What is a chapter book? A chapter book is a story book intended for intermediate readers, generally age 7-10. They are more independent readers who are making the bridge between picture books and early readers to middle grade. The art no longer supports the text. This audience is still developing reading skills, so there is a vast difference in terms of vocabulary and sentence structure. As a result, there are younger chapter books that are simpler, but you can get pretty sophisticated for older chapter books. Series sell better than stand-alones.

Chapter books tell the story primarily through prose, rather than pictures, but still contain many illustrations. Stories are usually divided into short chapters, which provide children with opportunities to stop and resume reading if their attention spans are not long enough to finish the book in one sitting. Chapter books are usually works of fiction of moderate length and complexity. The book length is usually between 5,000 and 25,000 words.

In order for a chapter to pull its weight, it must introduce character, introduce something about character, or change something about character relationships. This helps to move character development forward; something must happen in each chapter to move the plot forward.

The most common question most people ask is, “How long should my chapters be?” There must be consistency to keep the pace flowing, but some chapters are simply longer than others because of content. If you begin with short, easy chapters, the pace will have a lively flow. If your chapters feel longer or slower, it affects pacing and readers might keep checking to see when the last page is. Remember as a child what it felt like to get bogged down in slow reads? Every page was an absolute victory because there was too much scenery or character description. If you have a lot of long chapters, you really want to make certain that action flows freely. You don’t want them to become long blocks of information or detail, one after the other, and exhaust the reader. Yes, this requires plenty of editing and counting.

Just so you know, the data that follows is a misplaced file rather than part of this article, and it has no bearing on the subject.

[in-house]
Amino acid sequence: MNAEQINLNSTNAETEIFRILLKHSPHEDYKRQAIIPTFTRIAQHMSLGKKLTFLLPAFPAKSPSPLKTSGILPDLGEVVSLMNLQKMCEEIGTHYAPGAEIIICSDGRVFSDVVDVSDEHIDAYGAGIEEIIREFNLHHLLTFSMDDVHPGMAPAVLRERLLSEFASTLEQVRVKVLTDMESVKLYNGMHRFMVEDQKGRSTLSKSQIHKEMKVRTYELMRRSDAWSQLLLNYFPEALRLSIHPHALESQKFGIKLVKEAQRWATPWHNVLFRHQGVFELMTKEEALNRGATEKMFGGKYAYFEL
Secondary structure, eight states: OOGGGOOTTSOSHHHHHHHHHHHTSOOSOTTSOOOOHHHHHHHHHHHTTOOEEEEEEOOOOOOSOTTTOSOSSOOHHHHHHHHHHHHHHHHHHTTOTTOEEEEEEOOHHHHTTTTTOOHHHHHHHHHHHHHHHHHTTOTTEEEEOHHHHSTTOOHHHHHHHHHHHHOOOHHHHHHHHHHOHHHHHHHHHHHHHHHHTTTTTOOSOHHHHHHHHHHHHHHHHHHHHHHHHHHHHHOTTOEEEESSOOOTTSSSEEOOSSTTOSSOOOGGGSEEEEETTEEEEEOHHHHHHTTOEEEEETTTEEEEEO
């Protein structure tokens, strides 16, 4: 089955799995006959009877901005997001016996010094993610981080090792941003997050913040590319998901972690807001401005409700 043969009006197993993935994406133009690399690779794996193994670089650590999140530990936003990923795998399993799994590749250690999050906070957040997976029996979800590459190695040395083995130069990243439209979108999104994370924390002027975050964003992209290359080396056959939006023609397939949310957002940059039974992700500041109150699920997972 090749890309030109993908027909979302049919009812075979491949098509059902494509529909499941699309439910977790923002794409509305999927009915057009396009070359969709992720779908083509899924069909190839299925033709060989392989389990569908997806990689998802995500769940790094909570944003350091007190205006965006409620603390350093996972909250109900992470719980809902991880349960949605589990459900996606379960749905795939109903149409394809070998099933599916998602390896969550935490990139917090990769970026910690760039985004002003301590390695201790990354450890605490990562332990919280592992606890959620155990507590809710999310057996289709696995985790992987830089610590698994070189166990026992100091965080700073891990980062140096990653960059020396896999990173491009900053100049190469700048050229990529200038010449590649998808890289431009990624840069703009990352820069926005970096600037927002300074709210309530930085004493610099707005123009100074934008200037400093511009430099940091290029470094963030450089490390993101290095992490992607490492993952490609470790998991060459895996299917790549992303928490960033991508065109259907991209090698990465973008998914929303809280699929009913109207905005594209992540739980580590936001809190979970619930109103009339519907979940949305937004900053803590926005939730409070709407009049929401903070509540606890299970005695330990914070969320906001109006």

Do a little experiment at a book store to see the difference between the look of an easy reader vs. a chapter book. Examine both types of book pages side by side. The easy reader page has color art and text with a large font. Color art is essential to help young readers view a visual translation. The chapter book has a smaller font with entertainment.

To be continued in another blog. Happy writing! Continue reading

My Writer’s Statement

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Albert Einstein is credited with this amazing quote: “If you want your children to be intelligent, read them fairy tales. If you want them to be very intelligent, read them more fairy tales.”

I listen to the relaxing sounds of rain meditation to drown out my reality and enter the new world I create. I believe that writing is my passion formed into letters that create a new existence of settings and characters that breathe a new life of what-ifs and possibilities. I become an invisible being with all of the characters and record what they believe, think, and say to each other. I laugh when they laugh, and I cry when they cry. I let their hearts speak to every situation they’re a part of and allow each character freedom to grow because of choices and consequences. I plan the beginning, middle, and end of the book, but I allow the character arc to develop as the plot thickens in the rising action with conflict until it resolves itself in a climax and surprise ending.

Back in the Saddle, Again

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Life is full of twists and turns, monumental events in the forms of tragedies and comedies, and just everyday life. I apologize for being absent on here for too long, but I am back in the saddle, again, after surviving storms of pain and pleasure.

I am finally updating what has been going on in my life. I don’t want to bore you to tears, but I want to share a few of life’s storms and rewards. My daughter is a Lyme Disease survivor of 17 years. Her battles have been relentless, but she has grown closer to God by holding on to that knot for years. The story is not over, and we believe a better day is on the horizon.

I retired two years ago and went to Europe with students at my school and their parents. My sister also went with me to try to chaperone me.